A Chinese trust firm said on Monday it had reached an agreement to resolve a troubled high yield investment product.» Read More
While both professionals and do-it-yourself investors try to prognosticate the new year, we're always dealt our fair share of surprises — good and bad. Here are five stocks that turned in the biggest negative surprises for investors.
Forget the traditional ways of generating investment ideas. Instead, let the crowd do it for you. From hedge funds to individual investors, scores of market participants are turning to social media to figure out which stocks are worth watching.
Netflix has a lot to prove in 2012, specifically how successful it can be in the U.K. and Ireland. The company, whose stock lost 70 percent of its value just in the past three months, is so confident in the future of its streaming business overseas that it is even willing to take a loss in the new year.
This year was a busy one for billionaire investor Warren Buffett.
Investors of all stripes have been spooked by the stock markets' gyrations and the S&P 500's struggle to break even this year. But there are clear buying opportunities for those with a long-term time horizon and the presence of mind to tune out the day-to-day market noise.
Bank of America has been the hardest hit of the large U.S. banks by new rules aimed at reducing fees banks charge consumers, according to research published Monday by Credit Suisse analyst Moshe Orenbuch.
Salesforce.com and Qualcomm are the technology stocks to buy for 2012, Canaccord Genuity analysts say, while Netflix and Research In Motion are to be avoided.
Investors should be cautious before jumping into a new initial public offering.
Raymond James, an investment bank with $271 billion in client assets, said its best stock selections, which include Nvidia, may double in the next year.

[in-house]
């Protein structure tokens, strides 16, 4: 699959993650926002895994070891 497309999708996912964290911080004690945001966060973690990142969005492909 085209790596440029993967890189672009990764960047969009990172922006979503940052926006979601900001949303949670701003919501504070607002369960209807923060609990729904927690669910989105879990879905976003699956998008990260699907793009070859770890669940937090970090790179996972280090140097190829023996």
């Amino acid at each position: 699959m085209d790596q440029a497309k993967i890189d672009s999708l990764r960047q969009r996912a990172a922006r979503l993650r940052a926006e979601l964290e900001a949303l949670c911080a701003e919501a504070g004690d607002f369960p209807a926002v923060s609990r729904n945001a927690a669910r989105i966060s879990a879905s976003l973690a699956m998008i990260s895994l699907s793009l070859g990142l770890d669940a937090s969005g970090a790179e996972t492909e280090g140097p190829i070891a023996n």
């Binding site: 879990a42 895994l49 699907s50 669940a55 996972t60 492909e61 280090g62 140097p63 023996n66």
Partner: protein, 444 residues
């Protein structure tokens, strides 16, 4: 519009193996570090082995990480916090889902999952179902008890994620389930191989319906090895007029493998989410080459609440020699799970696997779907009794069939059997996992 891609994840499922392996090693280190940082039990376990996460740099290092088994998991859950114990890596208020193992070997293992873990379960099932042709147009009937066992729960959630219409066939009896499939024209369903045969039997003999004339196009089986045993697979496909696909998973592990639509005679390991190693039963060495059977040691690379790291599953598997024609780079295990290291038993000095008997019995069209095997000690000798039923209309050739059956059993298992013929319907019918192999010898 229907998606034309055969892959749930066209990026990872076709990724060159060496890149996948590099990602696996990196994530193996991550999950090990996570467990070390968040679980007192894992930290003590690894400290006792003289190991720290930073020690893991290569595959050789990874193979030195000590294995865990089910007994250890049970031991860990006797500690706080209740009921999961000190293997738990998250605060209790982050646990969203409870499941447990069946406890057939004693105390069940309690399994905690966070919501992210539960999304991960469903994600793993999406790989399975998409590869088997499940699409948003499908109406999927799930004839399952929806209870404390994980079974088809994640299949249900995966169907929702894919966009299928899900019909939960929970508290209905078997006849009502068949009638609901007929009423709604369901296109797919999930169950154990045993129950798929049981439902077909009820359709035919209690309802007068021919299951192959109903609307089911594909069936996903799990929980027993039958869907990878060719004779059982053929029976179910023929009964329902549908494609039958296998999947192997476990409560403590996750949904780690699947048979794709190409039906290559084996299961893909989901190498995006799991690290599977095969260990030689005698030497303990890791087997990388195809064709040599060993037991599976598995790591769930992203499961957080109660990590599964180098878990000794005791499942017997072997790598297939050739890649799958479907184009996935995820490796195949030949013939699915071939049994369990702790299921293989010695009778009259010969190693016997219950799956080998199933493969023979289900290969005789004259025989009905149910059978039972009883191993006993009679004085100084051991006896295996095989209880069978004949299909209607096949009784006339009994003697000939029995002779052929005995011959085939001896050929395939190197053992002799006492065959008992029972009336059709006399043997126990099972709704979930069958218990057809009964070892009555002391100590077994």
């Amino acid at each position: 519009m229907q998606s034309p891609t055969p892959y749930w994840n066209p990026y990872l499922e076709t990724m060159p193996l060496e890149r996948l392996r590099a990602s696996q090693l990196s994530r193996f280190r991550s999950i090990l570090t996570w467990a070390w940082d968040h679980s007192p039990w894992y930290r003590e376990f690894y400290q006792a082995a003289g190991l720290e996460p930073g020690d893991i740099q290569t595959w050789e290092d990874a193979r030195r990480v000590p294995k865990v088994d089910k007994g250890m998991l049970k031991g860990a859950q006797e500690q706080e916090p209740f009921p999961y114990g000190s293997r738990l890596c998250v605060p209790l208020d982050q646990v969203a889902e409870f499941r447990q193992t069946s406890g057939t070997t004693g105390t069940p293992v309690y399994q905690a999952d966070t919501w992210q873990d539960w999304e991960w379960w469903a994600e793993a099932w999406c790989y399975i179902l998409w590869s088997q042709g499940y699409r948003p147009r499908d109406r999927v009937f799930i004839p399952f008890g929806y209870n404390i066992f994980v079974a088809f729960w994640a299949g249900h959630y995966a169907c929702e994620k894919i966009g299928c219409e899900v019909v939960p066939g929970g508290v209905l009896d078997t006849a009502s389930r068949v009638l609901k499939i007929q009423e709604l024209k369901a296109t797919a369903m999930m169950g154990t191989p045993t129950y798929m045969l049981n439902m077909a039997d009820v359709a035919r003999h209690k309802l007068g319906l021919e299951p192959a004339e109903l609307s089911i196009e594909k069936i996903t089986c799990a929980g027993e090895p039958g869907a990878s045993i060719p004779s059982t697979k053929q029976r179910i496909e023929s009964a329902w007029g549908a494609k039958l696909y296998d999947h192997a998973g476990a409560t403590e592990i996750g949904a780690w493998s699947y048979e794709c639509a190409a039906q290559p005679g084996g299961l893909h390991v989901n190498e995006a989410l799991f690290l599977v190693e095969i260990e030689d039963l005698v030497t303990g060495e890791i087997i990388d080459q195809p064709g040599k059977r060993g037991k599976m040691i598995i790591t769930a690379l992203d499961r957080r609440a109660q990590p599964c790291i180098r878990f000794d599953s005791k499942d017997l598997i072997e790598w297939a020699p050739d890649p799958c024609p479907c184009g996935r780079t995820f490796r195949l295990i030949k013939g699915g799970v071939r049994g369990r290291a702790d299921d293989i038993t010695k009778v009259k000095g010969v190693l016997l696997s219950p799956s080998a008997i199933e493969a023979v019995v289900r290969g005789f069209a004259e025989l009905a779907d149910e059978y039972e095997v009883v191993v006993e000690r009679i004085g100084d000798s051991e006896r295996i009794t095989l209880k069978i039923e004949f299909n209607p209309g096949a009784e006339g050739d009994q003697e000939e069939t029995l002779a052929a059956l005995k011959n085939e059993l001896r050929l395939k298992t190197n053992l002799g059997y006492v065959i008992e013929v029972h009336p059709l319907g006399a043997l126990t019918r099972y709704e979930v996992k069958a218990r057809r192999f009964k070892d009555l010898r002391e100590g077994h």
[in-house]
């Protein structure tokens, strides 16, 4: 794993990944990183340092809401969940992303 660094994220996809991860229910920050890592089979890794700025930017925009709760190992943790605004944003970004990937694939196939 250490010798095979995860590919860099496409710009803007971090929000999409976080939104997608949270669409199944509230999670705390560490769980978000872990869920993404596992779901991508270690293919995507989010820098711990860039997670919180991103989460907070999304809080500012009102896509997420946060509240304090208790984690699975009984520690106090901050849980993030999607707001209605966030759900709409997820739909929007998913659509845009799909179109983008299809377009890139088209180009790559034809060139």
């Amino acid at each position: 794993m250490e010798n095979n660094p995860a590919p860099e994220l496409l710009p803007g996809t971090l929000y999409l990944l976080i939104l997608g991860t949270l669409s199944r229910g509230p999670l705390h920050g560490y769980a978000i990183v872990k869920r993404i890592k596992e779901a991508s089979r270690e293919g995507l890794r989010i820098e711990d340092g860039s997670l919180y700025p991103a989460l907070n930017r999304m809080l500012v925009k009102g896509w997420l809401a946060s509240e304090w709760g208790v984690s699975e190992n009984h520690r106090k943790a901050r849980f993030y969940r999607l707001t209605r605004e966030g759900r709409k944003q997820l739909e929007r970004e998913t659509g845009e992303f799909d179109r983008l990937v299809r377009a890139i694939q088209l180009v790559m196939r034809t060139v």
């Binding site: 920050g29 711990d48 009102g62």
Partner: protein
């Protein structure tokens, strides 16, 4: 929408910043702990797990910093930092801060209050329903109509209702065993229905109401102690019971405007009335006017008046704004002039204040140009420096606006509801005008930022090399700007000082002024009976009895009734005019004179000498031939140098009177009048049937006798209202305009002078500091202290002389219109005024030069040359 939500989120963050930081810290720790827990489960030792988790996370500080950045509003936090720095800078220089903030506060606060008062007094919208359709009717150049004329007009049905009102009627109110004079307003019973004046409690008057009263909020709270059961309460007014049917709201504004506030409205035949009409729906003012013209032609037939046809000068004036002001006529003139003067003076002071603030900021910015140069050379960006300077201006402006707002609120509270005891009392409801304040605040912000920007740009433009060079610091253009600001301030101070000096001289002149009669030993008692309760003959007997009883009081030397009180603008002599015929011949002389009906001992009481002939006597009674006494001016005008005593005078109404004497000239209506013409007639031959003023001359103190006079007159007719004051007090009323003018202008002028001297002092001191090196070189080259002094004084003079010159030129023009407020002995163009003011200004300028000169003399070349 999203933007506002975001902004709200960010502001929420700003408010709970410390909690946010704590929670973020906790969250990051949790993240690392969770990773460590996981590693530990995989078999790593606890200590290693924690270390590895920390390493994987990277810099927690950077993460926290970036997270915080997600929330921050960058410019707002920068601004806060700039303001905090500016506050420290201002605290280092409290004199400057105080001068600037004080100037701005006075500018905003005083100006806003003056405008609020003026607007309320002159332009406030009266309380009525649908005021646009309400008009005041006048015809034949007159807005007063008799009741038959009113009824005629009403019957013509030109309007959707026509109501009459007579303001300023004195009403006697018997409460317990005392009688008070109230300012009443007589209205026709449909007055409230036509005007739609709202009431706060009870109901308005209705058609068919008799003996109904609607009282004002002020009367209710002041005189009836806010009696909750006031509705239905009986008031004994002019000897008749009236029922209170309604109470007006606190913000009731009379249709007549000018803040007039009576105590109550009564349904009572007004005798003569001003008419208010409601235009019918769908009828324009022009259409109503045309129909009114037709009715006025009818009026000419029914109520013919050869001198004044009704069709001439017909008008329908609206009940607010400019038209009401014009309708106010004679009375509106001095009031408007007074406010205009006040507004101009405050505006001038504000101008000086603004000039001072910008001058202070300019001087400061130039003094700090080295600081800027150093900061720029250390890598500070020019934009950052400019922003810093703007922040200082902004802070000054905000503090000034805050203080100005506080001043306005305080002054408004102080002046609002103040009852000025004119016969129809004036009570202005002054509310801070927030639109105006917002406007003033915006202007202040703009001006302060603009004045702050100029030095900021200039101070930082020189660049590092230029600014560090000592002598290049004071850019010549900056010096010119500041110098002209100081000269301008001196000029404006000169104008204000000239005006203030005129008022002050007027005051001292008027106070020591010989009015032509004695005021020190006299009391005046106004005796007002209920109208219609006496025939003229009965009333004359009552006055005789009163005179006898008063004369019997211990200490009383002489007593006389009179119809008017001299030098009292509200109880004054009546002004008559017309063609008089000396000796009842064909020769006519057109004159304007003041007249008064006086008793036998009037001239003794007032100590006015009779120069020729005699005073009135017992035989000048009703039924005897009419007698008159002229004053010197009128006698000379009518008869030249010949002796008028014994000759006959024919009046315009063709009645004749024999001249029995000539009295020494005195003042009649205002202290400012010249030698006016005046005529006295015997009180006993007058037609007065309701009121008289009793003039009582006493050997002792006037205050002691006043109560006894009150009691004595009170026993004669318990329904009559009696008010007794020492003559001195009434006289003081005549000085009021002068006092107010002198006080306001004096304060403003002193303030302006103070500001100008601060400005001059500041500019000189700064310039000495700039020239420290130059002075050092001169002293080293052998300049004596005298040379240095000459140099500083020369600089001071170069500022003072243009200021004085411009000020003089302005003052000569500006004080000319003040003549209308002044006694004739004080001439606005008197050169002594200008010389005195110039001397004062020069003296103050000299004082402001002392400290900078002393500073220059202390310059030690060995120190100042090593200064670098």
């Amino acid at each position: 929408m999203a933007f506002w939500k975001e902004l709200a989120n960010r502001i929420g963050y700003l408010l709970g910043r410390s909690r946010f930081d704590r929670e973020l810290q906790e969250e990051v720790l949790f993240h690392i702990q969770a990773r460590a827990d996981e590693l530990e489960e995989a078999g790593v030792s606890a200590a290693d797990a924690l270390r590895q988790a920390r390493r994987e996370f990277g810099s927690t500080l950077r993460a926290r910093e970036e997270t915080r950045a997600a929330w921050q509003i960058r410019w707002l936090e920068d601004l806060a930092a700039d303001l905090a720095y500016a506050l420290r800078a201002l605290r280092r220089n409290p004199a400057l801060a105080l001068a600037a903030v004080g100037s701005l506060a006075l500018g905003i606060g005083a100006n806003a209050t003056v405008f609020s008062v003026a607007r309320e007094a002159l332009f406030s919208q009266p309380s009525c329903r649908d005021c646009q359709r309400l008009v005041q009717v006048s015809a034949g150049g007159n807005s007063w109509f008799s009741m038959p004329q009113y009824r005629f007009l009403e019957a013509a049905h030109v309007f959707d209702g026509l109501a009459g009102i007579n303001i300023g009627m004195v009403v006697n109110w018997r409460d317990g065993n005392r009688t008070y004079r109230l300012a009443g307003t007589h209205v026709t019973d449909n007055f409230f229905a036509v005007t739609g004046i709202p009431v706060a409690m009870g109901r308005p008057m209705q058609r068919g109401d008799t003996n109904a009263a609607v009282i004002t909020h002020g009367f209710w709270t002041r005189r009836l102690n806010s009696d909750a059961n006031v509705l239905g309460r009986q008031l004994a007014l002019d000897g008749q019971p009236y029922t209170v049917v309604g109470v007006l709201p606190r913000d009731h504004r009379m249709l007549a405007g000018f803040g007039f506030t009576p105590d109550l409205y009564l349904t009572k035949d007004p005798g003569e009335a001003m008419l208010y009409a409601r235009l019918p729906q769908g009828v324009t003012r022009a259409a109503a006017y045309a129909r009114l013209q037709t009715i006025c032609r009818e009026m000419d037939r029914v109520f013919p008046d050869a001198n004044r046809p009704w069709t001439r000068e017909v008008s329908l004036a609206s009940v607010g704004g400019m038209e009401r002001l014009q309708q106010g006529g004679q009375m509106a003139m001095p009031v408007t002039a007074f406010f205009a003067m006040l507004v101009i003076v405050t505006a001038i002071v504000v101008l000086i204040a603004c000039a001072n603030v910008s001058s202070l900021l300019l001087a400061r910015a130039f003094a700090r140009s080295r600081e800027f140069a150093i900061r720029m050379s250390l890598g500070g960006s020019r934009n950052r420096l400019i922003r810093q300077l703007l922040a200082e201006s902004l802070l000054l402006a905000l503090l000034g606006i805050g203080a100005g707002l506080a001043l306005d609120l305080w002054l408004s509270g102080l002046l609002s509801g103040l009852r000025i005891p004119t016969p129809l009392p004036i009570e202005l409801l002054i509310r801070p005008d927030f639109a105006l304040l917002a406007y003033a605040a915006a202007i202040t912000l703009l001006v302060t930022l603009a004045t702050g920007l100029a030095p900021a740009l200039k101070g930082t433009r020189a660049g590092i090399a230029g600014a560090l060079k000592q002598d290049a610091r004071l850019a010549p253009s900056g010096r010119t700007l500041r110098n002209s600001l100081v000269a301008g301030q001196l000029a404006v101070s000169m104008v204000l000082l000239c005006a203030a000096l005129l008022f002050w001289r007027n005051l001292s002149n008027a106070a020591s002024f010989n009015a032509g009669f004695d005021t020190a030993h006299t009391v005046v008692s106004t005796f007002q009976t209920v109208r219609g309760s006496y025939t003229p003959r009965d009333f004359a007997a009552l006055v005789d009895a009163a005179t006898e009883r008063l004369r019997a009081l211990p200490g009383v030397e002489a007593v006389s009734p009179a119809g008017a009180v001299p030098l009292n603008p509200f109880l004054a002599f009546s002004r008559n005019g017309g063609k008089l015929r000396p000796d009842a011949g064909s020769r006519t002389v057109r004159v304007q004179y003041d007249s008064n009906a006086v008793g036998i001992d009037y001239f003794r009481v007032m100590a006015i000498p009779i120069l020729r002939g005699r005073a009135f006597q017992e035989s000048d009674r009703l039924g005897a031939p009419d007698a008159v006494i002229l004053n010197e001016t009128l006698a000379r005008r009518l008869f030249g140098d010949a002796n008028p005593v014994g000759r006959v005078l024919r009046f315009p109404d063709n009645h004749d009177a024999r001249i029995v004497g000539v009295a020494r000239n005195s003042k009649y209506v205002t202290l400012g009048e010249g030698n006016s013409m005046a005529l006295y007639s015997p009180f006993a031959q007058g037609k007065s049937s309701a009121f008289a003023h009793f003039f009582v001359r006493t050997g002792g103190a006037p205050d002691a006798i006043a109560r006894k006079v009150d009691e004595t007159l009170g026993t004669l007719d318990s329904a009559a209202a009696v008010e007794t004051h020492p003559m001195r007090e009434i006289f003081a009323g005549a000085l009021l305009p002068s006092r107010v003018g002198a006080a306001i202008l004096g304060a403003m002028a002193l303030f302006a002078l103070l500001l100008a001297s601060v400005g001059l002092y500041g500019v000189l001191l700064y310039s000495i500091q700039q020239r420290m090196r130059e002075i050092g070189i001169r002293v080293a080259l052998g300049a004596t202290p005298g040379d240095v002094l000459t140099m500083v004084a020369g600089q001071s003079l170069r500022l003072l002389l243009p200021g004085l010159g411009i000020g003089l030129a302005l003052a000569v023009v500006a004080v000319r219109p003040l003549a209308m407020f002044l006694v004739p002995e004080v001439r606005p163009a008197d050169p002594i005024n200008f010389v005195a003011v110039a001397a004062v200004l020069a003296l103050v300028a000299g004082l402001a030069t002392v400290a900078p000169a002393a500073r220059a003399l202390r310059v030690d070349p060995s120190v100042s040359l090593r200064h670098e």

With the European debt crisis stretching on for two years, JP Morgan recommends that investors avoid the shares of U.S. companies that derive above-average levels of revenue on the Old Continent.
Investment managers have herded Americans into dividend-paying stocks and Treasurys as Europe's debt crisis grips the world. Mark Schultz, in contrast, says now's the time to take advantage of the low prices of companies with plenty of room to grow.
With investors expected to stay cautious for the foreseeable future, analysts are bullish on businesses with predictable revenue streams and growth.
After a horrible September, the markets delivered a glorious October, only to have the goblins ruin November, which turned out to be a big turkey. So will we see a Santa Claus Rally at the end of the year? And if so, what stocks should we be buying here?
Bank of America common shareholders have been through a lot of pain in the past few years. Maybe it’s time to end it all. It may sound like a joke, but shareholders could soon be forced to decide whether to approve an increase in the bank's overall share count, as it bumps up against regulatory limitations, according to a report Monday from Deutsche Bank.
Small-cap stocks are set to close out 2011 with big losses, but some companies trading under $5, such as TeamStaff and Majesco Entertainment, have more than tripled.
As Yahoo looks for the best deal among a host of potential suitors, its problems may only just be beginning. Facebook's initial public offering in 2012, and the resulting corporate war chest, will pose a formidable challenge to Yahoo's main revenue driver: display ads.
Residential-construction stocks are coming to life, gaining 6.5 percent in the past three months, with five of the biggest companies producing double-digit returns, according to Morningstar.
Goldman Sachs analysts are favoring four oil-patch stocks, giving them potential six-month price increases of as much as 95 percent. This comes at a time when oil prices, a great determinant of energy companies' earnings and share-price performances, have been highly volatile.
Black Friday has historically been regarded as the day when retailers move from a loss into profit for the year. While the explanation no longer holds much relevance, this year the day after Thanksgiving could be critical for several major retailers.
Some companies haven't had the luxury to make acquisitions since the financial crisis and instead have been using ventures and business line fire sales to stabilize bleeding operations.